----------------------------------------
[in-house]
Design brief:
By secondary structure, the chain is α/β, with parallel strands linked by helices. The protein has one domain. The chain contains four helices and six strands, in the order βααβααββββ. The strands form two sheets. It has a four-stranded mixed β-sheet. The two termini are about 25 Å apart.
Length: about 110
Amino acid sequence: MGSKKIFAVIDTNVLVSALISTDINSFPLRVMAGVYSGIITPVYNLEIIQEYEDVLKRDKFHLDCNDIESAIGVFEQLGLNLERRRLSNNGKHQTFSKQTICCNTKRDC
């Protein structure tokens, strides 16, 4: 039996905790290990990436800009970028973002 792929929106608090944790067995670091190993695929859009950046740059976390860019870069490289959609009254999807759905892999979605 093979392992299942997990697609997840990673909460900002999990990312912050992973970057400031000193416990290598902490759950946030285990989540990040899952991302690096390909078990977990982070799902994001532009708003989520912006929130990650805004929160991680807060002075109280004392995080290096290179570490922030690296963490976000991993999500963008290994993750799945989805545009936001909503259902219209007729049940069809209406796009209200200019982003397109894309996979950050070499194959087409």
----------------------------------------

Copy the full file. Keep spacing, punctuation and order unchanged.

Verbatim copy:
[in-house]
Design brief:
By secondary structure, the chain is α/β, with parallel strands linked by helices. The protein has one domain. The chain contains four helices and six strands, in the order βααβααββββ. The strands form two sheets. It has a four-stranded mixed β-sheet. The two termini are about 25 Å apart.
Length: about 110
Amino acid sequence: MGSKKIFAVIDTNVLVSALISTDINSFPLRVMAGVYSGIITPVYNLEIIQEYEDVLKRDKFHLDCNDIESAIGVFEQLGLNLERRRLSNNGKHQTFSKQTICCNTKRDC
């Protein structure tokens, strides 16, 4: 039996905790290990990436800009970028973002 792929929106608090944790067995670091190993695929859009950046740059976390860019870069490289959609009254999807759905892999979605 093979392992299942997990697609997840990673909460900002999990990312912050992973970057400031000193416990290598902490759950946030285990989540990040899952991302690096390909078990977990982070799902994001532009708003989520912006929130990650805004929160991680807060002075109280004392995080290096290179570490922030690296963490976000991993999500963008290994993750799945989805545009936001909503259902219209007729049940069809209406796009209200200019982003397109894309996979950050070499194959087409």